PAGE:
EnC-Enfield slit loam, 8 to 15 percent slopes.
This very deep, strongly sloping, well drained soil is on small hills and ridges on outwash plains and in areas of ice-contact deposits. It makes up about 0.3 percent (732 acres) of the survey area. It is mapped mainly in the Enfield-Merrimac-Carver general soil map unit. Areas are irregular in shape and range from 5 to 120 acres in size.
Typically, the surface is covered with an organic layer. This layer is about 1 inch of loose, undecomposed leaves and twigs and 1 inch of partly decomposed and well decomposed organic material. The surface layer is brown, very friable silt loam about 1 inch thick. The subsoil is about 30 inches thick. It grades from reddish brown and strong brown in the upper part to yellowish brown in the lower part. It is friable silt loam in the upper 28 inches and friable very fine sandy loam in the lower 2 inches. The substratum extends to a depth of 65 inches or more. It is yellowish brown, friable gravelly loamy coarse sand in the upper 2 inches and brownish yellow, light yellowish brown, and pale brown, loose, stratified sand and gravel in the lower part.
Included with this soil in mapping are small areas of Carver, Hinckley, Merrimac, and Plymouth soils. Also included are a few areas where slopes are less than 8 percent or more than 15 percent. Included soils make up about 30 percent of this unit.
Permeability is moderate in the subsoil of the Enfield soil and rapid or very rapid in the substratum. Available water capacity is moderate. Depth to the seasonal high water table is more than 6 feet.
Most areas are used as woodland. A few areas have been developed for homesites.
This soil is suited to cultivated crops. Good tilth can be easily maintained. Erosion is a management concern. Farming on the contour or across the slope, terracing, stripcropping, including grasses and legumes in the crop rotation, growing cover crops, and applying a system of conservation tillage help to control runoff and erosion. Mixing crop residue and manure into the surface layer helps to maintain good tilth and increases the organic matter content.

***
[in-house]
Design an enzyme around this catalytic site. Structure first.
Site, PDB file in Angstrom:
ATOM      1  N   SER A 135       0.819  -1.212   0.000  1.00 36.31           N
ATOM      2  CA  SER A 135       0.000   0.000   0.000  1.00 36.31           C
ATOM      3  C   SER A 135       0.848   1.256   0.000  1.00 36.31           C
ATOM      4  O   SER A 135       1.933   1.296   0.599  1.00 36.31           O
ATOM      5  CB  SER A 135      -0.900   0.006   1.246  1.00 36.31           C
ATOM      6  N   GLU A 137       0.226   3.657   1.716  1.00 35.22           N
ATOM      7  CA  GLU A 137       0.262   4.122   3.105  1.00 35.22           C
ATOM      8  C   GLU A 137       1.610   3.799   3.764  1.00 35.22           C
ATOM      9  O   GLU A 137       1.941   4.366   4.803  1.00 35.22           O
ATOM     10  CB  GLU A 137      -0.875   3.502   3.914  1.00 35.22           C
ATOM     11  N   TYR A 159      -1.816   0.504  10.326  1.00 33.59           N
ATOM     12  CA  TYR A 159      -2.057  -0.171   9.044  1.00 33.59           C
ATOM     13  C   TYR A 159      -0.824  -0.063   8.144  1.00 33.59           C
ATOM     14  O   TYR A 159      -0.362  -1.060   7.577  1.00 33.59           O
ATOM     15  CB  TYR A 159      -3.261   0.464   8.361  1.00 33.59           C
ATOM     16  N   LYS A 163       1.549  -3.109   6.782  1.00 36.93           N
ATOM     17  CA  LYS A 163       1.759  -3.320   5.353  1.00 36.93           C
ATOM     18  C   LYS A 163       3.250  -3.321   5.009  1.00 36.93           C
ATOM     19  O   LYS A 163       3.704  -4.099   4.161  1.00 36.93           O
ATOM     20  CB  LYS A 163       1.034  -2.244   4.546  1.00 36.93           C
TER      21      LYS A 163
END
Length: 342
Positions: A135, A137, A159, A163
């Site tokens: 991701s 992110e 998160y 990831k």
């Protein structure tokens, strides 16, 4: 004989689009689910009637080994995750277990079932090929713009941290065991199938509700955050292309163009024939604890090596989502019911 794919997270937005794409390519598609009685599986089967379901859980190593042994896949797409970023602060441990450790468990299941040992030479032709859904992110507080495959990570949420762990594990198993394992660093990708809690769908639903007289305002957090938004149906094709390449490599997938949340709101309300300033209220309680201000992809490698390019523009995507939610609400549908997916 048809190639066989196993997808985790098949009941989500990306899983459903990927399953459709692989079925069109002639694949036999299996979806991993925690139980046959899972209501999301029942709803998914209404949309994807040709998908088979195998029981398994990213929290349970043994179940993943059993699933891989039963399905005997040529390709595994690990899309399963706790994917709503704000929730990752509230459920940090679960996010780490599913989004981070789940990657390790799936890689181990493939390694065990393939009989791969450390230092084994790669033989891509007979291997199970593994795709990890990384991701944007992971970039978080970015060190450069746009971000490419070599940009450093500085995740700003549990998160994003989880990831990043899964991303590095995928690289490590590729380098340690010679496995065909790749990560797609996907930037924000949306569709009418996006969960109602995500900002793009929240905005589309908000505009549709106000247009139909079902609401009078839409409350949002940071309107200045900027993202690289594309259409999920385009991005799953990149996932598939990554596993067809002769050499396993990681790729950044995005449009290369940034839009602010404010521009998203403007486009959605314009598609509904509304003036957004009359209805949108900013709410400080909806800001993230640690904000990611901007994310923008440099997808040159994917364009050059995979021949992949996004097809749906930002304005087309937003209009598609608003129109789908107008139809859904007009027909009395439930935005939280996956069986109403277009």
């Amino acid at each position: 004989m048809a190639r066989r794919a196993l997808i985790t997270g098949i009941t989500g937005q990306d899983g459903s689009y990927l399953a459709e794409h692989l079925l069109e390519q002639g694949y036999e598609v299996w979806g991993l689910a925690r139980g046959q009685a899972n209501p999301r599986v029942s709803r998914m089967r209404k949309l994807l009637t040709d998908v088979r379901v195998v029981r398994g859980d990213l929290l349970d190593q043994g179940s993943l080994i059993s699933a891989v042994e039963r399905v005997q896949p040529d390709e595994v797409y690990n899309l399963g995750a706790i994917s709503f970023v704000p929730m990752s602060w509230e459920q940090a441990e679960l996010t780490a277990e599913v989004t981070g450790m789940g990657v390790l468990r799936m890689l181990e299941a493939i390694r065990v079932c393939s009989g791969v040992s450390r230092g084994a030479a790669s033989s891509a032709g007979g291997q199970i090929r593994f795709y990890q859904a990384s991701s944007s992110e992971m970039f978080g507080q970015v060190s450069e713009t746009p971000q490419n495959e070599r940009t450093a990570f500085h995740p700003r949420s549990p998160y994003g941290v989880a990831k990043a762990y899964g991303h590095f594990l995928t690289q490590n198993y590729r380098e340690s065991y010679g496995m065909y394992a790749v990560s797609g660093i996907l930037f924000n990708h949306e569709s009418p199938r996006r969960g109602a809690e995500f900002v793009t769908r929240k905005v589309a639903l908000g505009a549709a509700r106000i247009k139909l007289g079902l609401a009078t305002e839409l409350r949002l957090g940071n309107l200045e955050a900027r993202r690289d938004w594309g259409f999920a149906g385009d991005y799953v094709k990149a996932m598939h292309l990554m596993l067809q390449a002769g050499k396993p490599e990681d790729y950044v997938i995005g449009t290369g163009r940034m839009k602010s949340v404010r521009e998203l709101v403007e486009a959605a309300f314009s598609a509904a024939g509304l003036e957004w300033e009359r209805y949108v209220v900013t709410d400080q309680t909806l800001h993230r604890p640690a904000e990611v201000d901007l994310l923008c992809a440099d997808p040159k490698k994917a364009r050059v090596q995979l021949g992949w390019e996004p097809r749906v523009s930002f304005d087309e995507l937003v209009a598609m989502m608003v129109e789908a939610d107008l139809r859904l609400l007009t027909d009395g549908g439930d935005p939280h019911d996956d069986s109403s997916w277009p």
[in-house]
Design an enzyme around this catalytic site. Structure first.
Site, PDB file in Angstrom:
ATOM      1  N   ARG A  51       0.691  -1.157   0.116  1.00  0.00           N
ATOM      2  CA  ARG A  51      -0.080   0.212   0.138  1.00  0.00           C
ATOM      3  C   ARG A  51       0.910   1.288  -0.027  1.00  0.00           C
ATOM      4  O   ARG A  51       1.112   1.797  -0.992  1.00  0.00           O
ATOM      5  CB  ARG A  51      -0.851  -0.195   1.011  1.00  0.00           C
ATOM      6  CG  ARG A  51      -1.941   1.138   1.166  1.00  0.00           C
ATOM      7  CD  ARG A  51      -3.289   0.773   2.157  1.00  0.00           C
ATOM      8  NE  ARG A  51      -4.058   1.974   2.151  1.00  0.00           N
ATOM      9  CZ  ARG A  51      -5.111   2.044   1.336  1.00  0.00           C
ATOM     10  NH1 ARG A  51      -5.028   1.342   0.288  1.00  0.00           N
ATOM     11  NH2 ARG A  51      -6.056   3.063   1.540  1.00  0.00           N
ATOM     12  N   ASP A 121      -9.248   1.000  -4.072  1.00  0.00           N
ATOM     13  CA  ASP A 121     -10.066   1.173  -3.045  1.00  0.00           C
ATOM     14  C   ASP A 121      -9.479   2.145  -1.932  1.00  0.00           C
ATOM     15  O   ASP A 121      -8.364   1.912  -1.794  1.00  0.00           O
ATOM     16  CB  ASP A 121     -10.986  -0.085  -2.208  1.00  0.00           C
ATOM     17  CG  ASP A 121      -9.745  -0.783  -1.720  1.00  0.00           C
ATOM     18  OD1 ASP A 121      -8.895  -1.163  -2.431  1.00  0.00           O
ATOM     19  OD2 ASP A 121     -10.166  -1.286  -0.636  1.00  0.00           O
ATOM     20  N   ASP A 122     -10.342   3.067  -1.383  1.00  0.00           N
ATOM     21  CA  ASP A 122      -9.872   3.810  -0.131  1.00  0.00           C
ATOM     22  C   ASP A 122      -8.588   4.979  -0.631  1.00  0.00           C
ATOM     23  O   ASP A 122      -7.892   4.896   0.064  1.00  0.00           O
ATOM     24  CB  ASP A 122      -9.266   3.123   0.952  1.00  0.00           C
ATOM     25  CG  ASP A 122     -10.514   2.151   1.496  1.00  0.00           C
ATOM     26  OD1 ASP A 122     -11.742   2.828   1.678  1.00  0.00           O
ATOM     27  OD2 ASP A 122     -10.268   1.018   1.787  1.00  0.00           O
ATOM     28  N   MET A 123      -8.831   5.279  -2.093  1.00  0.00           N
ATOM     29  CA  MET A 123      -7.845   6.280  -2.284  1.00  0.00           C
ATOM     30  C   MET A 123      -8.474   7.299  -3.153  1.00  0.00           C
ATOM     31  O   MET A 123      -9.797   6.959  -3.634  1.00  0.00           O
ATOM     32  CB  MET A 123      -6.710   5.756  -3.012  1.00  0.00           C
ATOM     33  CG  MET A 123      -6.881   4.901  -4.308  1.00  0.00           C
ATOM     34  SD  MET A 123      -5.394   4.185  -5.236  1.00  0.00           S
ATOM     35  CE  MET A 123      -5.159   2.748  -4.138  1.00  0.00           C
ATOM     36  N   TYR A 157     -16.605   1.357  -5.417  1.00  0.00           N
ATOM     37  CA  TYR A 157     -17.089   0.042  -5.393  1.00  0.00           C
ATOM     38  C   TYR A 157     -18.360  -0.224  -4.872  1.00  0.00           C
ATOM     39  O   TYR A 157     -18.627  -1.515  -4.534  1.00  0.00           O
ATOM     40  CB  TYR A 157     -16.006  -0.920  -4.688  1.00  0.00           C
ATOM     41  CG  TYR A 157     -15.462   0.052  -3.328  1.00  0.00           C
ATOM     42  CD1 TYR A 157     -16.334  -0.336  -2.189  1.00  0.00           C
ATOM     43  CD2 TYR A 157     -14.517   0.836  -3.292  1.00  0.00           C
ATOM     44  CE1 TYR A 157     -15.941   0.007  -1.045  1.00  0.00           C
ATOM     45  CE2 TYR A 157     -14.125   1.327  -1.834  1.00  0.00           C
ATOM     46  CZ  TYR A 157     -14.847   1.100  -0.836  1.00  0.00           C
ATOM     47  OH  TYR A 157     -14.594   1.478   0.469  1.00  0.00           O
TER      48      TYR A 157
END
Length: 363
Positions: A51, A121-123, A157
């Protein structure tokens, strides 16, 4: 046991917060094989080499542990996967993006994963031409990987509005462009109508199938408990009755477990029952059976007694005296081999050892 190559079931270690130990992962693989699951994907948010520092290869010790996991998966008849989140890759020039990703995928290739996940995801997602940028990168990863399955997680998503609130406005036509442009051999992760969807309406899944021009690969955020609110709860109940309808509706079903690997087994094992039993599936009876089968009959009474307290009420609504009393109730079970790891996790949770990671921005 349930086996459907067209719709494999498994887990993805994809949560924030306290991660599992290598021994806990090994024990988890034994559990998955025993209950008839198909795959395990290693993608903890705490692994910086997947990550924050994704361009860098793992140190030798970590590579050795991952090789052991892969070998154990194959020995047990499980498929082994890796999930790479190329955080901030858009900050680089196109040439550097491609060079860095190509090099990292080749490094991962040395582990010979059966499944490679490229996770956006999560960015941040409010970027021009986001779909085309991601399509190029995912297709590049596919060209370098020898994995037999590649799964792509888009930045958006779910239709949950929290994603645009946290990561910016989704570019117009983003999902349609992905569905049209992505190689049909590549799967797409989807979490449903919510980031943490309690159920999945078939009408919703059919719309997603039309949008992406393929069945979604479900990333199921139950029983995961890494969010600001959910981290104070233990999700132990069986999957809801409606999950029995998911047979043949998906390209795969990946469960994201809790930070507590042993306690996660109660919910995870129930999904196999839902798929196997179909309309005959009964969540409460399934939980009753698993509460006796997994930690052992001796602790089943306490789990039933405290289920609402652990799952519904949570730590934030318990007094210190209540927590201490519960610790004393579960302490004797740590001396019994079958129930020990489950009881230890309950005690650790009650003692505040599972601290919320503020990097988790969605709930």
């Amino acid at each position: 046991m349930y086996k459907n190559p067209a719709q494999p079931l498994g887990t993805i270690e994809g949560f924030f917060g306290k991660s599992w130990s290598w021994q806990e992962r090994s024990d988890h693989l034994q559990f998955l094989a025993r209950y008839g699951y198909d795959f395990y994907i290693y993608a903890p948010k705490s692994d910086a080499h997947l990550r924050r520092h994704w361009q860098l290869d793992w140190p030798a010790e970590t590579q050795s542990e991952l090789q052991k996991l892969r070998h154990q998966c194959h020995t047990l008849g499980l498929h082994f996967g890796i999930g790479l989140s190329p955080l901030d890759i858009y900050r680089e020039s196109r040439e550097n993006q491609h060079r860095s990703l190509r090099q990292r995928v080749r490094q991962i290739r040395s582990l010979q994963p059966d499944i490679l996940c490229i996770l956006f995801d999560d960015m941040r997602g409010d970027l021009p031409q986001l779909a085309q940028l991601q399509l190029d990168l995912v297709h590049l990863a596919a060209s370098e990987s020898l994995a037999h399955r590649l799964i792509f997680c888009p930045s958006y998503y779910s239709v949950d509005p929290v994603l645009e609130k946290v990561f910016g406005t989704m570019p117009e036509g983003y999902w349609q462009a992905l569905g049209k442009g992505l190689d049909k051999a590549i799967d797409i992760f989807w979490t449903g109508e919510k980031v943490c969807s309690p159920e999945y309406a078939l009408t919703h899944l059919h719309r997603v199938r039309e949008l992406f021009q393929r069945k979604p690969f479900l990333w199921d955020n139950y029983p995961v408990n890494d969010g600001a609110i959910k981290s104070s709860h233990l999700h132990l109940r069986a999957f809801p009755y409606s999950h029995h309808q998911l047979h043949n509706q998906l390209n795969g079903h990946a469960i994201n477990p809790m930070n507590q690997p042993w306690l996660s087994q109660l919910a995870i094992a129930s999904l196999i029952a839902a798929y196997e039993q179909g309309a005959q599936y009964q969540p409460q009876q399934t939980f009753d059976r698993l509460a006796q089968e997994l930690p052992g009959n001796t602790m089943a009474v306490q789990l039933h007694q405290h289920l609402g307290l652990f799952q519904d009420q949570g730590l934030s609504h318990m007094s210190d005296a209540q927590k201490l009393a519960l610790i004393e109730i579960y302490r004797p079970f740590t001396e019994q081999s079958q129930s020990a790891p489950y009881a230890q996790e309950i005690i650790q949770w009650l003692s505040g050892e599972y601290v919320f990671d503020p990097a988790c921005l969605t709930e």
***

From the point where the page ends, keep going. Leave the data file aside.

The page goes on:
This soil is well suited to hay and pasture. The main management concern is the prevention of overgrazing, which reduces the hardiness and density of desirable plants. Proper stocking rates, timely grazing, and restricted use during wet periods help to maintain plant density and minimize surface compaction.
This soil is well suited to woodland. It is among the most productive soils in the survey area. No major hazards or limitations restrict woodland management. Removal or control of competing vegetation helps to obtain the best growth of newly established seedlings. The most common trees are white oak, eastern white pine, pitch pine, scarlet oak, and black oak.
The slope is a limitation if this soil is used as a site for buildings. Land shaping is generally needed. Buildings and lots should be designed so that they conform to the natural slope of the land. Erosion is a hazard during and after construction. Planting well suited grasses as soon as possible after the surface is disturbed minimizes the erosion hazard.
This soil is limited as a site for septic tank absorption fields because of the slope. The soil may not adequately filter the effluent. The poor filtering capacity may result in the pollution of ground water. The hazard of pollution increases with the density of housing. Installing the distribution lines on the contour or in areas that were graded during construction of the dwelling helps to overcome the slope. Precautionary measures may be necessary in some areas.